Maintaining a Balance in Natural Areas

  • Martin Smay on his horse Golden Feather likes to ride in public parks. He says there has to be balance between recreational uses and preservation.

Whether it’s hiking, biking, or riding all-terrain vehicles… every time
you use a park, you damage it. It’s the job of park managers to balance the
recreational uses against preserving natural areas. It’s not easy. The
Great Lakes Radio Consortium’s Lester Graham reports… people want more
places for new types of recreation, but park managers are still struggling
to find the right balance for more traditional recreational activities:

New Threats to Indoor Air Quality

Consumers are becoming more aware of indoor air quality problems that can be
caused by emissions from materials like particle board, paint and carpeting.
But a new report identifies more threats. The study found that household
appliances like dishwashers, washing machines and shower heads can release
chemicals from the water into the air…and add to the air pollution inside
your home. The Great Lakes Radio Consortium’s Wendy Nelson reports:

Midwest Kids Struggle With Obesity

The report card on fitness is in – and it concludes that there’s a lotof room for improvement. The federal government has been keeping trackof Americans’ heights and weights for more than 30 years now. And eachtime the survey is taken, it shows that the population is heavier. TheUpper Midwest is the heaviest region in the country. The Great LakesRadio Consortium’s Joan Siefert-Rose reports on the theories behind thisdramatic increase in obesity … and the special problems faced bychildren:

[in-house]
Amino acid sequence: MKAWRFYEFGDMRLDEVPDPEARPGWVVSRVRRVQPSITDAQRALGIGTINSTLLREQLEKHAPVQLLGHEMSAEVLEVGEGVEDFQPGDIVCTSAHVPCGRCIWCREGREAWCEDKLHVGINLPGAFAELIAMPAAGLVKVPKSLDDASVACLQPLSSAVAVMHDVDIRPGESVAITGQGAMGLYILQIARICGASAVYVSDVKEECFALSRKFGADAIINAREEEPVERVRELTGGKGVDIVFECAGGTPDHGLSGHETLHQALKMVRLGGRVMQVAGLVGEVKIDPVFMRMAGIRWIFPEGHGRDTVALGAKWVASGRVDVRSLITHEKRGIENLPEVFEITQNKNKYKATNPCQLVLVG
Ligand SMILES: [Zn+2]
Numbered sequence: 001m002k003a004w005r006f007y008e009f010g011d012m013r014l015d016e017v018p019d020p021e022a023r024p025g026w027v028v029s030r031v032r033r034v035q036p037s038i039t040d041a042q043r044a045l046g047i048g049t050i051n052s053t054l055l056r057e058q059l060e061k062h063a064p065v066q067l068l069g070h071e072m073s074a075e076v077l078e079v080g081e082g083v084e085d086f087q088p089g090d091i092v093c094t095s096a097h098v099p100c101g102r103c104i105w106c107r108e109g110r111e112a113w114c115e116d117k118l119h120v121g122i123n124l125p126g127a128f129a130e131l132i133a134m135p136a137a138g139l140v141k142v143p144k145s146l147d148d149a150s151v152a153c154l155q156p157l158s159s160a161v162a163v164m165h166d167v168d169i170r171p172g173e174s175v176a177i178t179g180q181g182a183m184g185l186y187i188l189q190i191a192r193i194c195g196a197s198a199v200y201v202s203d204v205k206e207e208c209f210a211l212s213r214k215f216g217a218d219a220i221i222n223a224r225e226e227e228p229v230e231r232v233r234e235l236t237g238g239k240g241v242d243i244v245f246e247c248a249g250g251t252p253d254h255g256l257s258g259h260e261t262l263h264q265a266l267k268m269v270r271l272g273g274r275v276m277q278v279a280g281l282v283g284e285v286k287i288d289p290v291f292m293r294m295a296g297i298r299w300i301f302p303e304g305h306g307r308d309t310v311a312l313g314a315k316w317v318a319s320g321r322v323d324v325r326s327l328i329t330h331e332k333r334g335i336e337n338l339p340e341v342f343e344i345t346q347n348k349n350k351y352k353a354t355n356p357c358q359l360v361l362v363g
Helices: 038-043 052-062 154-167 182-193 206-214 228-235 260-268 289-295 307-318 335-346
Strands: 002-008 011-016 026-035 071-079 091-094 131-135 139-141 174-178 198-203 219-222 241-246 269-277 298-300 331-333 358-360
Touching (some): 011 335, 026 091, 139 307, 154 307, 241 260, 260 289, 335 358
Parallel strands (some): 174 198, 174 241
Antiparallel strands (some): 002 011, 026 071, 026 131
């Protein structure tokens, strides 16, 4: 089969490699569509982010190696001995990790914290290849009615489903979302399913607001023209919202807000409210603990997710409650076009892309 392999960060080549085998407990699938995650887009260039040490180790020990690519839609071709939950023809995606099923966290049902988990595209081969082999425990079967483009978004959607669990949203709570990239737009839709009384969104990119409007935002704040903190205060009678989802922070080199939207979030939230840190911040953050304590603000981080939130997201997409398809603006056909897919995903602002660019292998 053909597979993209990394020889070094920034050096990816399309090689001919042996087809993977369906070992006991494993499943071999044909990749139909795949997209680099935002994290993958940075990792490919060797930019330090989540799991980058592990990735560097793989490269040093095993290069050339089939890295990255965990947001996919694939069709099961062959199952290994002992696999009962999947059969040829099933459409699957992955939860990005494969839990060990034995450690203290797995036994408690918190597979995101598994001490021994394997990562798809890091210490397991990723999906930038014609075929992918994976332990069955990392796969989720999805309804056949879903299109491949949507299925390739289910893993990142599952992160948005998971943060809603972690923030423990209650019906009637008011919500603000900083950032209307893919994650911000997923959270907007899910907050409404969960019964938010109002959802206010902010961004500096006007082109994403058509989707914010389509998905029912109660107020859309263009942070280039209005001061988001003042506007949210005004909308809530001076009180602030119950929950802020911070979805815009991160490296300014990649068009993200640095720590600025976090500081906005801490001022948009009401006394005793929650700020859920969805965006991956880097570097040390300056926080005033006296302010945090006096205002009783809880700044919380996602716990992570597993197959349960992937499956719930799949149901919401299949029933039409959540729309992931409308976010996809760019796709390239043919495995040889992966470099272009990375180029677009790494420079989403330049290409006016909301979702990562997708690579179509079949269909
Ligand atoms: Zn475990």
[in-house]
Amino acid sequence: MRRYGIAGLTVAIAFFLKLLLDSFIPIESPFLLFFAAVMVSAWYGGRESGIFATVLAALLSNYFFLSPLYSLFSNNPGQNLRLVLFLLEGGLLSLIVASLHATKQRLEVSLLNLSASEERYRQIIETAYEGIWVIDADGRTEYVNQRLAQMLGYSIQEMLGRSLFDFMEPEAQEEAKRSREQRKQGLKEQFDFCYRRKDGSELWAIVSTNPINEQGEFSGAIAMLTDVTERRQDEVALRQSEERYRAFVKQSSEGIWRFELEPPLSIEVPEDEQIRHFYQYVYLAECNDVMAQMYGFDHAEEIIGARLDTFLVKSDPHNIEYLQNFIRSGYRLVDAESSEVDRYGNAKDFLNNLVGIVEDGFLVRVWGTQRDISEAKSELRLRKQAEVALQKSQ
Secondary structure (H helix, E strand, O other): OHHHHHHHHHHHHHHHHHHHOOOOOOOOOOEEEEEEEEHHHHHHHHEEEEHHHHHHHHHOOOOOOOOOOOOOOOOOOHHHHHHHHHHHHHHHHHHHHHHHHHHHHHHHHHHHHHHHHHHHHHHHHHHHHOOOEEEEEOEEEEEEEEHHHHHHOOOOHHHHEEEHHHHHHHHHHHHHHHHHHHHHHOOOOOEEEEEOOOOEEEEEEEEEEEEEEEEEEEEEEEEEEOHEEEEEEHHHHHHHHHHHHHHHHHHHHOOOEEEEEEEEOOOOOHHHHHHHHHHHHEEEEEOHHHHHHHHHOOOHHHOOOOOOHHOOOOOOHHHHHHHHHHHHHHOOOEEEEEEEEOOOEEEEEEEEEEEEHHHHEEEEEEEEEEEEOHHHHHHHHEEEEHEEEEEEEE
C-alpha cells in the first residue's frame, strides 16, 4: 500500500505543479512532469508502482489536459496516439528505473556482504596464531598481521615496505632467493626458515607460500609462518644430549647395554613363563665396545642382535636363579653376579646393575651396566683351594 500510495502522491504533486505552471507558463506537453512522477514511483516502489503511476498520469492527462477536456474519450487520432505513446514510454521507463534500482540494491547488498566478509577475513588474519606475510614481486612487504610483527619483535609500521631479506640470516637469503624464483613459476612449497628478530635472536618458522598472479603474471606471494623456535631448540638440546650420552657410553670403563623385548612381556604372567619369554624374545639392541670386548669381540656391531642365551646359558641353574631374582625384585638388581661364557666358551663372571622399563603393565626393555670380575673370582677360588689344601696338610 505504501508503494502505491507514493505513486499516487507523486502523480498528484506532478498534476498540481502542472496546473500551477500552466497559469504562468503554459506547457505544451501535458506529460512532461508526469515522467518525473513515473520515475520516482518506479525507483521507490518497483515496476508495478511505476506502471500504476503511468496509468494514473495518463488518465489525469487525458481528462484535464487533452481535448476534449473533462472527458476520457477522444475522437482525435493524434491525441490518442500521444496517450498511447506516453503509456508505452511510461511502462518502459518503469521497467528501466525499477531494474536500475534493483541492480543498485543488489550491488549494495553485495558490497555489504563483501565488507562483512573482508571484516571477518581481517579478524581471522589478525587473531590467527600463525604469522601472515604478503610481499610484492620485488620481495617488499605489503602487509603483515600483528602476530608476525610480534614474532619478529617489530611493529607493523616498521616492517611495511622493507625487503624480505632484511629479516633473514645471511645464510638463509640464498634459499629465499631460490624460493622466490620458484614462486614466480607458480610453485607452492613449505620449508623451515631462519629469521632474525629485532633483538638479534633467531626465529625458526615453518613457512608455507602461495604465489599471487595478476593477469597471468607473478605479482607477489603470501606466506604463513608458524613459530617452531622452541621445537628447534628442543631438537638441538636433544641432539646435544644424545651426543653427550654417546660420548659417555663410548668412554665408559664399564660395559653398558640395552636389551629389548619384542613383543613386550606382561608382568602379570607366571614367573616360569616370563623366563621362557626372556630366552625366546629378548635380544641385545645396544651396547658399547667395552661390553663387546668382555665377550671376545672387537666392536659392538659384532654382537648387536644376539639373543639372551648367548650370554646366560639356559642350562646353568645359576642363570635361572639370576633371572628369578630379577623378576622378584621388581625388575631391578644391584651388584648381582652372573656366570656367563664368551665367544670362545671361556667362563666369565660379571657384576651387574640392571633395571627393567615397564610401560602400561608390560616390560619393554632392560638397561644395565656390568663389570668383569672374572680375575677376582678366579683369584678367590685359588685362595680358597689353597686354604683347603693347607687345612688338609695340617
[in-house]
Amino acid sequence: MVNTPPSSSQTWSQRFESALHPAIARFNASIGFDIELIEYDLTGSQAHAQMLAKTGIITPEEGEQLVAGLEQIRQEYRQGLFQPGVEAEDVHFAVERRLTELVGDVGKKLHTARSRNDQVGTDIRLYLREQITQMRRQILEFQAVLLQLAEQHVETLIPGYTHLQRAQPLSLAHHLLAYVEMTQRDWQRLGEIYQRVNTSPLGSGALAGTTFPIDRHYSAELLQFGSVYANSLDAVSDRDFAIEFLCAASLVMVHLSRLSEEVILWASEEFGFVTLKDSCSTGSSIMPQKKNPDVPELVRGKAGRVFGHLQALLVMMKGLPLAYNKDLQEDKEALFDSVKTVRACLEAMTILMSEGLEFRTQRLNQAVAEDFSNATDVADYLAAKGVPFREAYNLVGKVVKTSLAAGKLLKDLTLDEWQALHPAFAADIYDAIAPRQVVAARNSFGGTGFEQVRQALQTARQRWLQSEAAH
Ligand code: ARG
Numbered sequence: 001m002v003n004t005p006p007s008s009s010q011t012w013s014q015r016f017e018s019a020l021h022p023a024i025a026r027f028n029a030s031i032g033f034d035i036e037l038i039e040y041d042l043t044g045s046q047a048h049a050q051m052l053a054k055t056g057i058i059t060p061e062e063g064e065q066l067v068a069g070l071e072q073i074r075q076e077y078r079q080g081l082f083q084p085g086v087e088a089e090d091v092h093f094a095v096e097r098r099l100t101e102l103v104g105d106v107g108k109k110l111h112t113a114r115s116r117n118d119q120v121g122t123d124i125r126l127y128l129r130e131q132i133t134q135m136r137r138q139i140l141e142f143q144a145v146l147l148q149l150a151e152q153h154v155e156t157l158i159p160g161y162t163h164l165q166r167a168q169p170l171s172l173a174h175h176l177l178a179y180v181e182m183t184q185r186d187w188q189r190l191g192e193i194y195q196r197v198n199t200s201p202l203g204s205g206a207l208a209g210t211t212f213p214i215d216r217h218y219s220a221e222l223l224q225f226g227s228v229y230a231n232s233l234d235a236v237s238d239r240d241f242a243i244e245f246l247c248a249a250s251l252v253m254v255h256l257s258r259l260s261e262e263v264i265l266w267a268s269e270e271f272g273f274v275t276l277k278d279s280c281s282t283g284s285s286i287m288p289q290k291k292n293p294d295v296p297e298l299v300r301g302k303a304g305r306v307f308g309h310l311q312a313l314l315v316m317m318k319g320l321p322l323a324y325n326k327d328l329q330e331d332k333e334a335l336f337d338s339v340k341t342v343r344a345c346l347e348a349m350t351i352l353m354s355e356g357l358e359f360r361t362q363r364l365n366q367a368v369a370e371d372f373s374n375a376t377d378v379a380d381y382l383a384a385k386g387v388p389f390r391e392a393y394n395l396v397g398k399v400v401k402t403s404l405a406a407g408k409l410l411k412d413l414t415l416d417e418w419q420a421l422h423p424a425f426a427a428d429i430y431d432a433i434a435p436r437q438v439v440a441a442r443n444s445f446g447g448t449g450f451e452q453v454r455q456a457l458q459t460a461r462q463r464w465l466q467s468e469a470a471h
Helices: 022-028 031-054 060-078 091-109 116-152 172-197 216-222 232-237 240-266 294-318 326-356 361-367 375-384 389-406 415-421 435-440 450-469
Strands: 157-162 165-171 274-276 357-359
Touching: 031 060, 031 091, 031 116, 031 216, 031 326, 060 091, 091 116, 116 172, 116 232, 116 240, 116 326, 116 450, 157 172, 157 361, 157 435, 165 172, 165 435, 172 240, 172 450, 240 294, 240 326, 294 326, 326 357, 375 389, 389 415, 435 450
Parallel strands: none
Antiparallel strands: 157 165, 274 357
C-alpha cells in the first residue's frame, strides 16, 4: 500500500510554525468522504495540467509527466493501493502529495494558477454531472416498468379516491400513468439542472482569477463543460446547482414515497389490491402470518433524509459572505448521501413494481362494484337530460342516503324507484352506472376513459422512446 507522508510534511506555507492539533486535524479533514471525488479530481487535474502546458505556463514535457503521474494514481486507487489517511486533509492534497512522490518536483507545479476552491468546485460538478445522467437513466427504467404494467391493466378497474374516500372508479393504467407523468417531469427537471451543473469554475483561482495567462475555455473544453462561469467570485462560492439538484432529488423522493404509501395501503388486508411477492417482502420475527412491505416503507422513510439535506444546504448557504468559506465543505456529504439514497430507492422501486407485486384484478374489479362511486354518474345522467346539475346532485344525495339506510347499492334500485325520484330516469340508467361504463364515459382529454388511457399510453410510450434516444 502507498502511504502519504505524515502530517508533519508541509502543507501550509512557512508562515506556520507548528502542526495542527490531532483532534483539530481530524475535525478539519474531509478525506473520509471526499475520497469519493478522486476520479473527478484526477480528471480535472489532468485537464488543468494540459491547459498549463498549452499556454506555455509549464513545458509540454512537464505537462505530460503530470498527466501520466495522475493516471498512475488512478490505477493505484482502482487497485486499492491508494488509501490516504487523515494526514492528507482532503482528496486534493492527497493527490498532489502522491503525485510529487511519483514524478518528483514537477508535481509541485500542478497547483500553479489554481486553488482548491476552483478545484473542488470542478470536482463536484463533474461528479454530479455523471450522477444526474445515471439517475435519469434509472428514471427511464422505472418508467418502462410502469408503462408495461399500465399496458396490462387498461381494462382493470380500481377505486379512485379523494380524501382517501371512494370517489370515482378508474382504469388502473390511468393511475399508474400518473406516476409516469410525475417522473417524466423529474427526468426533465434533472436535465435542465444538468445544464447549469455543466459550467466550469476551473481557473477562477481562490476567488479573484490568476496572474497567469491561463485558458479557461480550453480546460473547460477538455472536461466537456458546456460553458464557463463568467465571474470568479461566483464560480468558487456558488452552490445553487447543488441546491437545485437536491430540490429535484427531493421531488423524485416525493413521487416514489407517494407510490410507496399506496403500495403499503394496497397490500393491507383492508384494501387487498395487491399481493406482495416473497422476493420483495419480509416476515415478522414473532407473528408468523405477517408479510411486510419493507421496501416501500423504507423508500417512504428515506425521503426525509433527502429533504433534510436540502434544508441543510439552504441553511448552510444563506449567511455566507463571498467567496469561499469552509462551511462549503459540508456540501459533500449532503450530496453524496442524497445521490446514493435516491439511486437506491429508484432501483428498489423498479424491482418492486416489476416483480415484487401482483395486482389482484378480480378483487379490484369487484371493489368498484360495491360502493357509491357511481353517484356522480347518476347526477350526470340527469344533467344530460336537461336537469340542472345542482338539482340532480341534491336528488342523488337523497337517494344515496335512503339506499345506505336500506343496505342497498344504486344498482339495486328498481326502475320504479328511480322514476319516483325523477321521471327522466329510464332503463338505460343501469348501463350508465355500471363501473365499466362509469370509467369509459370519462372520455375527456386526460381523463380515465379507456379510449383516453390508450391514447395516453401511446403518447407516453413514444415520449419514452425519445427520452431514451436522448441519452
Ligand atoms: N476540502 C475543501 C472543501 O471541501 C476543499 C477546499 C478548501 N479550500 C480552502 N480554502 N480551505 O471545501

A Revolution Among Plant Scientists

Scientists are discovering new genetic information about plants is
upsetting the natural order of things. The Great Lakes Radio
Consortium’s Lester Graham reports that they’re also finding a whole new
world of possibilities for using plants for medicines and products:

U-V Light May Be Viral Catalyst

Ultraviolet light, which some scientists say may be the culprit behind
the Great Lake’s epidemic of mutated frogs, is now part of an
investigation into a smaller but equally important part of the
environmental web. Scientists in Duluth are looking into the viruses
that infect bacteria in the Great Lakes, and how increasing amounts of
U-V light might affect that relationship. The Great Lakes Radio
Consortium’s Stephanie Hemphill reports:

Genetically Altered Trees Eat Mercury

In an article in the journal "Nature Biotechnology" researchers saythey’re developing plants that clean up mercury contamination. TheGreat Lakes Radio Consortium’s Lester Graham reports: